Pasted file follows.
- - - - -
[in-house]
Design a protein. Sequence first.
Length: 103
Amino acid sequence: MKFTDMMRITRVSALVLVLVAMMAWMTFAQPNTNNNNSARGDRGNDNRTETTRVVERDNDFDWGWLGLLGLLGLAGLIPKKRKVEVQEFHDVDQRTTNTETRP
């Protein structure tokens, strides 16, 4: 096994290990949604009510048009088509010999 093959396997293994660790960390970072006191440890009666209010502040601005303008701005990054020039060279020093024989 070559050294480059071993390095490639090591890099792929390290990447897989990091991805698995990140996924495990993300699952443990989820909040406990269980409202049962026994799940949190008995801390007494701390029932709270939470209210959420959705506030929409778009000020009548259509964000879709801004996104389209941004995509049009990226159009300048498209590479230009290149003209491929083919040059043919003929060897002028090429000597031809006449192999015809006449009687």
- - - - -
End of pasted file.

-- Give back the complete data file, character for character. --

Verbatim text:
[in-house]
Design a protein. Sequence first.
Length: 103
Amino acid sequence: MKFTDMMRITRVSALVLVLVAMMAWMTFAQPNTNNNNSARGDRGNDNRTETTRVVERDNDFDWGWLGLLGLLGLAGLIPKKRKVEVQEFHDVDQRTTNTETRP
């Protein structure tokens, strides 16, 4: 096994290990949604009510048009088509010999 093959396997293994660790960390970072006191440890009666209010502040601005303008701005990054020039060279020093024989 070559050294480059071993390095490639090591890099792929390290990447897989990091991805698995990140996924495990993300699952443990989820909040406990269980409202049962026994799940949190008995801390007494701390029932709270939470209210959420959705506030929409778009000020009548259509964000879709801004996104389209941004995509049009990226159009300048498209590479230009290149003209491929083919040059043919003929060897002028090429000597031809006449192999015809006449009687």